Republicans focused on a claim by a former IRS investigator, Gary Shapley, who said Weiss had suggested that he was being blocked from fully investigating the case of Biden’s taxes by being denied the power to independently pursue charges in jurisdictions outside Delaware. (Weiss and several other investigators in the case have rejected the claim.)

On Wednesday, they homed in on one of the biggest unexplained questions: why Weiss requested to be appointed special counsel in August. Garland told a Senate committee this year that as the U.S. attorney in Delaware, Weiss had all the authority he required — and had never asked for a change in status.

“Did you ask him what had changed, that made him now need to be made a special counsel?” asked Rep. Dan Bishop, R-N.C.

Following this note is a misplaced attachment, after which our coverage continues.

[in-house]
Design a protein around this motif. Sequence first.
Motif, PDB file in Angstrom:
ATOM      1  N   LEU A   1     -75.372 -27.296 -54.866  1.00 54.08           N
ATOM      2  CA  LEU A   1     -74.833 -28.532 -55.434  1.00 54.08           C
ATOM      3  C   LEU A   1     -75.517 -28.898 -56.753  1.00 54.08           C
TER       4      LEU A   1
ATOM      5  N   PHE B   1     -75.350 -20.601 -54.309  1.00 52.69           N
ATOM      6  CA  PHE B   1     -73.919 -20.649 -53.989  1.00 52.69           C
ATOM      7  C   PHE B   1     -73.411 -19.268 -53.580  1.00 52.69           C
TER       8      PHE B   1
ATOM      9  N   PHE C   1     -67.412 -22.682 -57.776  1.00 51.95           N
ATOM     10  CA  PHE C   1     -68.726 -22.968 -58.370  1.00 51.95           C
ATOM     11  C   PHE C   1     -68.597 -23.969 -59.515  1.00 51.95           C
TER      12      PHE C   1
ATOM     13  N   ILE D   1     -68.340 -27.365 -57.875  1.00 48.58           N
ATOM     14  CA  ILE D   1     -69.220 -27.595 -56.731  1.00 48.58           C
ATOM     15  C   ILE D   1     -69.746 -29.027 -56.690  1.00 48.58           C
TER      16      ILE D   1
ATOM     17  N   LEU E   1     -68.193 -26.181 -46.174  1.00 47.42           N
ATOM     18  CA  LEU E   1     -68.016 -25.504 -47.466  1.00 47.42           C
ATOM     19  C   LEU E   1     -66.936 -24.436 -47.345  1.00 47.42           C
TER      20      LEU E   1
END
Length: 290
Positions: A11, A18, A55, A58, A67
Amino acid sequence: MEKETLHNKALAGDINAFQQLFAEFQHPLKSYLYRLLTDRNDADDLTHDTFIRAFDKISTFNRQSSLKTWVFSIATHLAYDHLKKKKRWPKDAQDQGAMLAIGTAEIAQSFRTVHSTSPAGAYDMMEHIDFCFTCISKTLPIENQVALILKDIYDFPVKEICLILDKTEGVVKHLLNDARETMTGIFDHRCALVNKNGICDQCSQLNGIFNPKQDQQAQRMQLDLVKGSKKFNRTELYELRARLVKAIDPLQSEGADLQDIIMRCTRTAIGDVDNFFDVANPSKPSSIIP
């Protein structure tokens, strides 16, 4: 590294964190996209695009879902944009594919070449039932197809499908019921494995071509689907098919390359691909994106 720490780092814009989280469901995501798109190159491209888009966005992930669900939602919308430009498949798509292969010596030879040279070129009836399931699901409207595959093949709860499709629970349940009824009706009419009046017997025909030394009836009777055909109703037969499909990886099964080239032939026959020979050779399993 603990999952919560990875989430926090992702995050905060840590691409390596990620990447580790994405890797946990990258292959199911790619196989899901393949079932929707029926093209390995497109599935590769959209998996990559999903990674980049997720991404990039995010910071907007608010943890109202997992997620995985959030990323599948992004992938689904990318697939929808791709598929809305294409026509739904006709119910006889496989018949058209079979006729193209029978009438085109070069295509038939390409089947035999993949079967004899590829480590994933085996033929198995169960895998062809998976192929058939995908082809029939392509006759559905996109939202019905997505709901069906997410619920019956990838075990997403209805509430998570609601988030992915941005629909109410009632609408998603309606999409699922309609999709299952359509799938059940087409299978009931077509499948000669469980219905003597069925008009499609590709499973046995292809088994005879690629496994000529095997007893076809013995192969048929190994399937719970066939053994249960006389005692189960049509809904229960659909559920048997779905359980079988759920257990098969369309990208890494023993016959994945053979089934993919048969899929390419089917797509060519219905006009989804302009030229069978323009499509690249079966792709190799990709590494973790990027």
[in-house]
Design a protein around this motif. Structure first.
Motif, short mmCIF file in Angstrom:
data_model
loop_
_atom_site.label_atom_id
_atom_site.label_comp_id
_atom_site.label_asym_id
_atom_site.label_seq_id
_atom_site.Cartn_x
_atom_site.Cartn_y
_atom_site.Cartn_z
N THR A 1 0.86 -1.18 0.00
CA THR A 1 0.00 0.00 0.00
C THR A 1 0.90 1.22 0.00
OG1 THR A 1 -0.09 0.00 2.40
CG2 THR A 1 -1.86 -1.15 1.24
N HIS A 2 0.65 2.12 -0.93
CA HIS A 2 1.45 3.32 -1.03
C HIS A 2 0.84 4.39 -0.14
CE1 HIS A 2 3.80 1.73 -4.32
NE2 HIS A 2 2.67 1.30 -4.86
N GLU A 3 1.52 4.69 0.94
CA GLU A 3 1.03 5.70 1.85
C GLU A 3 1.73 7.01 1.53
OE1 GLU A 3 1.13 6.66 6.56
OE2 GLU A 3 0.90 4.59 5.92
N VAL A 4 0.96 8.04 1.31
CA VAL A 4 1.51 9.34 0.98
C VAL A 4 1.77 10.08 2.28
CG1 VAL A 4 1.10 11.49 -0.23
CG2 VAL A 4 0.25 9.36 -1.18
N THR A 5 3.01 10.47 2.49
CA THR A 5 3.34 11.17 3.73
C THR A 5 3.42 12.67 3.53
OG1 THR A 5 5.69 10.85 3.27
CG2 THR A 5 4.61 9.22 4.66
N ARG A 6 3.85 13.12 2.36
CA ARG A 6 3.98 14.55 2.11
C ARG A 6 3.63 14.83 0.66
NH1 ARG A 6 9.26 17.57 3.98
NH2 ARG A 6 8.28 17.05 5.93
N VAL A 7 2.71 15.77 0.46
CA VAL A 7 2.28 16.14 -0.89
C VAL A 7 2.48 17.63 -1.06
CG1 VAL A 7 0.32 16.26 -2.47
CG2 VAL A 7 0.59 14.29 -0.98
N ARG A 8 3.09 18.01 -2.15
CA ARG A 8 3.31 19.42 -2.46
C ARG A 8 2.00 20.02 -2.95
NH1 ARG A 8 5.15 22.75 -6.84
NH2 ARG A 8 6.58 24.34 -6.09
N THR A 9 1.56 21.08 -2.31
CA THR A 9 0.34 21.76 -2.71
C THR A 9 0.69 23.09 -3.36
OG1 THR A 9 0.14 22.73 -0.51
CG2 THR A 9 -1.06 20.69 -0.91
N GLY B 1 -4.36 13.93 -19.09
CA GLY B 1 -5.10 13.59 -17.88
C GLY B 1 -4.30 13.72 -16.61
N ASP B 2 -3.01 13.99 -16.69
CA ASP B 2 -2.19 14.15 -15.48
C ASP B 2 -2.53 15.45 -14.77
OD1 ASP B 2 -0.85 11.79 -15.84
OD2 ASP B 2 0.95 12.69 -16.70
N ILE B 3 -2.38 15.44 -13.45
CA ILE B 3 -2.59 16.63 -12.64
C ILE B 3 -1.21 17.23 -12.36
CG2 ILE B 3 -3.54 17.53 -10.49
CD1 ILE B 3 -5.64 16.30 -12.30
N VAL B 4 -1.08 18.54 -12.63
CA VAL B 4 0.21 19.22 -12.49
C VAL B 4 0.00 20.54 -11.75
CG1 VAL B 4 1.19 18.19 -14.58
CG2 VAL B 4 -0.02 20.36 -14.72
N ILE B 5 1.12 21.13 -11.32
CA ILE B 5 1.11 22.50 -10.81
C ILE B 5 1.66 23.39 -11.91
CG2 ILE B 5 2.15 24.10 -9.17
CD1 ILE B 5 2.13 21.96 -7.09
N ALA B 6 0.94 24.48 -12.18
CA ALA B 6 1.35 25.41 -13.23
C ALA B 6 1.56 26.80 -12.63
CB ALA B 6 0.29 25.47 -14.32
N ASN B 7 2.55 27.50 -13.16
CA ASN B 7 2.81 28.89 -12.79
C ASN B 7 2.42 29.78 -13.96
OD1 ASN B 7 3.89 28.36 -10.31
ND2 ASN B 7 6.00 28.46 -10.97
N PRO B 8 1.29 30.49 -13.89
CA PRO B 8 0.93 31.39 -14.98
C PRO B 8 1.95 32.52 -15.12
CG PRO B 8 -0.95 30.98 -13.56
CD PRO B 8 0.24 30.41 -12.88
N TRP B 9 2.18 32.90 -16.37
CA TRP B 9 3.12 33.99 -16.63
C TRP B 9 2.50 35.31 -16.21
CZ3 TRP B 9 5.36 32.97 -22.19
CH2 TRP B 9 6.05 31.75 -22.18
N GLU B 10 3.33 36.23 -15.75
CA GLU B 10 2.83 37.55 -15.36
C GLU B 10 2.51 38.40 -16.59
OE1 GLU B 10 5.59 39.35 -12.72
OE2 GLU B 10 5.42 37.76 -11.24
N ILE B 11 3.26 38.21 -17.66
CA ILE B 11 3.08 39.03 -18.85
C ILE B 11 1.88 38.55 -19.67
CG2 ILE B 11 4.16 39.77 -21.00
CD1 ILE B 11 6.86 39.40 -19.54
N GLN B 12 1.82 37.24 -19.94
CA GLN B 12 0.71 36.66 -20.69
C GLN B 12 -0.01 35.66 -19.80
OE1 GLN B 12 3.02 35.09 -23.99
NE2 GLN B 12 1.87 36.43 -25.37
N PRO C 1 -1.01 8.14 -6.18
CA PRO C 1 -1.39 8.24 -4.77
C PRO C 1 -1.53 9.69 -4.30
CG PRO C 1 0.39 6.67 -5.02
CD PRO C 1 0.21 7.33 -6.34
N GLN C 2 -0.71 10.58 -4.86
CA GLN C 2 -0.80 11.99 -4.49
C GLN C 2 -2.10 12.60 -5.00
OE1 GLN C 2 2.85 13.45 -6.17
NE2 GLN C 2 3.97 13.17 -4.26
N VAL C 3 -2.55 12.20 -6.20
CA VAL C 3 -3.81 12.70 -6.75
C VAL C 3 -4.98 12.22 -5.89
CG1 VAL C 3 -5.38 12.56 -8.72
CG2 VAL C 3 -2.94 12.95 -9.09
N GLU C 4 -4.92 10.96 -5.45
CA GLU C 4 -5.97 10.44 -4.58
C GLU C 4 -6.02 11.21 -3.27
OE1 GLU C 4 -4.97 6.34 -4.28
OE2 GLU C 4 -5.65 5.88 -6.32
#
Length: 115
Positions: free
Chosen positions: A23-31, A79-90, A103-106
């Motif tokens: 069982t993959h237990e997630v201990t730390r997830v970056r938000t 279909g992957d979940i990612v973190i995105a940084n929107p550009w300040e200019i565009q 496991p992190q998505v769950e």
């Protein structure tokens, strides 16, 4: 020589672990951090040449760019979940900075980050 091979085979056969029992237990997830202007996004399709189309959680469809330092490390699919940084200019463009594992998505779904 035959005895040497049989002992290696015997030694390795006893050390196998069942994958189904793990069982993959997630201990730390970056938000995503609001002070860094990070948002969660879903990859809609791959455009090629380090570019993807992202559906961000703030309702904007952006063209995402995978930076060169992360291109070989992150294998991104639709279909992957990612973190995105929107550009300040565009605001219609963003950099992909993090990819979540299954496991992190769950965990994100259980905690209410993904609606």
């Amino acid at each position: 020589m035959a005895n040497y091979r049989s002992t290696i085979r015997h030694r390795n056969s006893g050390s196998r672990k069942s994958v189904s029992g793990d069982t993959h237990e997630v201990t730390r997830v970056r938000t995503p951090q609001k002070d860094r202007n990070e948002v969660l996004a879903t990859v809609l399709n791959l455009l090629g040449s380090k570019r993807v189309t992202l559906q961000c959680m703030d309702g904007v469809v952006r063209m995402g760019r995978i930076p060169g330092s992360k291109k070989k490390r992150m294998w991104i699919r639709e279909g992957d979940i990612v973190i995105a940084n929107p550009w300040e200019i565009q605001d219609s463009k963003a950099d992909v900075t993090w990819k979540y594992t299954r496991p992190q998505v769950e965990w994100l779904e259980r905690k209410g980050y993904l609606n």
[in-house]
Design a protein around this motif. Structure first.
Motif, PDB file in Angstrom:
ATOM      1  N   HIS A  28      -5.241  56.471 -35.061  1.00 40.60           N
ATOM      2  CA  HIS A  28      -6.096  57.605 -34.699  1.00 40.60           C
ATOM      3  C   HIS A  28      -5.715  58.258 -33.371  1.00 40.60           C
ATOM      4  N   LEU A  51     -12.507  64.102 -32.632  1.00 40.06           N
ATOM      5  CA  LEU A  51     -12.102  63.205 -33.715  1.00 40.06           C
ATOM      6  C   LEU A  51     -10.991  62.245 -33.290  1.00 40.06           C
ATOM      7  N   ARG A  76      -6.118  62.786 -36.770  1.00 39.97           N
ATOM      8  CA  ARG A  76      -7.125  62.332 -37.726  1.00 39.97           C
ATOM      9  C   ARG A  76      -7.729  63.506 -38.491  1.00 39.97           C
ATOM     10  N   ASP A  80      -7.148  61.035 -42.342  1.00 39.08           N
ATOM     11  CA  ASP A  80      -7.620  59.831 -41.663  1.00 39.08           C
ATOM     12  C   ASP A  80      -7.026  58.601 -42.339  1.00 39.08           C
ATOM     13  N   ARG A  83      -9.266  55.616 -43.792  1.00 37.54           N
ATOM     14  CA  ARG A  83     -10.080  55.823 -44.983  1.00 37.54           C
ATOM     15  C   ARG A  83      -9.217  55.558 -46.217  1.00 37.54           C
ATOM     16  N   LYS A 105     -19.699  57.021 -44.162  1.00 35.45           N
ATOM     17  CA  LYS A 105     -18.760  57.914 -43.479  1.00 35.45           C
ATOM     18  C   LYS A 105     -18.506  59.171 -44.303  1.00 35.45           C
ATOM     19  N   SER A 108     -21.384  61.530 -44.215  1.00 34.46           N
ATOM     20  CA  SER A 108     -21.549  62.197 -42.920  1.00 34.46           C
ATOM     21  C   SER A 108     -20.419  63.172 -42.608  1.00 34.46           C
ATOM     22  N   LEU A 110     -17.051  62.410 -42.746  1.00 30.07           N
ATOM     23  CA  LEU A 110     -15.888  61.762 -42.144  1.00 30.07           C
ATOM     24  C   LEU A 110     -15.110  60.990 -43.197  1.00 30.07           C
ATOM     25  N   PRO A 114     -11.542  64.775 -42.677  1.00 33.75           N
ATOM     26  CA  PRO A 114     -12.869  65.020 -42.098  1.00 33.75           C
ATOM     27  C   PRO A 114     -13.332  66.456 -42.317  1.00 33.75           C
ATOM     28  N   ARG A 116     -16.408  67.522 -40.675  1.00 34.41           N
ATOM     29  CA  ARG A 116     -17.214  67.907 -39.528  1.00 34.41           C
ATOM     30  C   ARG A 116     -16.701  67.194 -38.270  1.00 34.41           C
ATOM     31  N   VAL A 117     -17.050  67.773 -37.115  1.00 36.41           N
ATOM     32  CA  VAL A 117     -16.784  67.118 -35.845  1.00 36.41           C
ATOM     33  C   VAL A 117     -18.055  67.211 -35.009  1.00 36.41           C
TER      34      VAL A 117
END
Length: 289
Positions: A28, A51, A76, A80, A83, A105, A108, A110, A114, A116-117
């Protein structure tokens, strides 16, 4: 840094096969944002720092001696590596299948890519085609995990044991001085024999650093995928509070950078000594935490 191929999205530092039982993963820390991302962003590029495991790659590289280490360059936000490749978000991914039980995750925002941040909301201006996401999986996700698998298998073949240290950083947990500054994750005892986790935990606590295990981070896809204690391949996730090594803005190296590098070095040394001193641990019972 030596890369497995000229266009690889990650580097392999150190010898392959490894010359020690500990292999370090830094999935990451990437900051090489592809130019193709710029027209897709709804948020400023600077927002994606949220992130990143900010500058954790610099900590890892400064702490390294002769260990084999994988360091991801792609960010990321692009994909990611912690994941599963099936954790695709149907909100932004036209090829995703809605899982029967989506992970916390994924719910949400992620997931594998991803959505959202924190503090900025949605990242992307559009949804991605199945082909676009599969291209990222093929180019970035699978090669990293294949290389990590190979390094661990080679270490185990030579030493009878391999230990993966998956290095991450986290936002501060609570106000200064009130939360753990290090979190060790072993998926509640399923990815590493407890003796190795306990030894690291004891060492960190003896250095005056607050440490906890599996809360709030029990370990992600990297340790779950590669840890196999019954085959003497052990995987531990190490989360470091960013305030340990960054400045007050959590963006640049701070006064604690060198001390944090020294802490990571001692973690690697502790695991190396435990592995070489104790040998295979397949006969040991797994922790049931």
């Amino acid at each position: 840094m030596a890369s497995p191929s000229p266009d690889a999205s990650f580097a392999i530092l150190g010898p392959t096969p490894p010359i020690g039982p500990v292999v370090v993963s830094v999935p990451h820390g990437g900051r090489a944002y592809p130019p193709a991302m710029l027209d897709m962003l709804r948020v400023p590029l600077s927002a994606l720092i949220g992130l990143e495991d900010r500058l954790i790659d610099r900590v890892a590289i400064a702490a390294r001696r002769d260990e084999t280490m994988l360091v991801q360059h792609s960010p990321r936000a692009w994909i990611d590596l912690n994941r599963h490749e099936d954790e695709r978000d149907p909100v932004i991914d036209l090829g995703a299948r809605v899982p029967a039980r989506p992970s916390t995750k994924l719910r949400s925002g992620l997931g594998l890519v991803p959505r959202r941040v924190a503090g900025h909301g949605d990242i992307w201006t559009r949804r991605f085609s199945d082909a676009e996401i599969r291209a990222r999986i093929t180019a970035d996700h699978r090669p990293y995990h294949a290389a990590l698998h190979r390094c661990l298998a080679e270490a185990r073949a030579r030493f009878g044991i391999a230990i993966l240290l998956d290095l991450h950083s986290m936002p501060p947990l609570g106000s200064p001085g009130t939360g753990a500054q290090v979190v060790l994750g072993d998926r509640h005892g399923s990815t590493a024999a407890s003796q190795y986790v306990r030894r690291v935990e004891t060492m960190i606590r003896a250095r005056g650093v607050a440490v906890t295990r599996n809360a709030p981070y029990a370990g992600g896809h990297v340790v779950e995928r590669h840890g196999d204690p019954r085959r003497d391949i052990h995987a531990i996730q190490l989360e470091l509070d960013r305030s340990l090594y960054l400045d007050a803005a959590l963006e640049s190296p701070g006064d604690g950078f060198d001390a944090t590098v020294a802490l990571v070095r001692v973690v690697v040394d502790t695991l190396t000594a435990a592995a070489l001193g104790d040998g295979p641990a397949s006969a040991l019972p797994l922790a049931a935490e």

In response, Garland cited a promise he had made to senators during his confirmation in 2021 — that he would not interfere with the work of Weiss to avoid any appearance that he was influencing an investigation into his boss’ son.

“The way to not interfere is to not investigate an investigation,” he said.

The theory that Joe Biden intervened to protect his son, widely trumpeted by House Republicans and amplified by conservative news media, is a prime motivator behind the impeachment inquiry begun by Speaker Kevin McCarthy under pressure from the right flank of his party.

Republicans see Garland as a critical link, even as he has taken steps to insulate himself from the case, including by reappointing Weiss, who was installed under the Trump administration. Similarly, officials say, Garland has virtually cut off communications with the White House since the department began investigating Trump.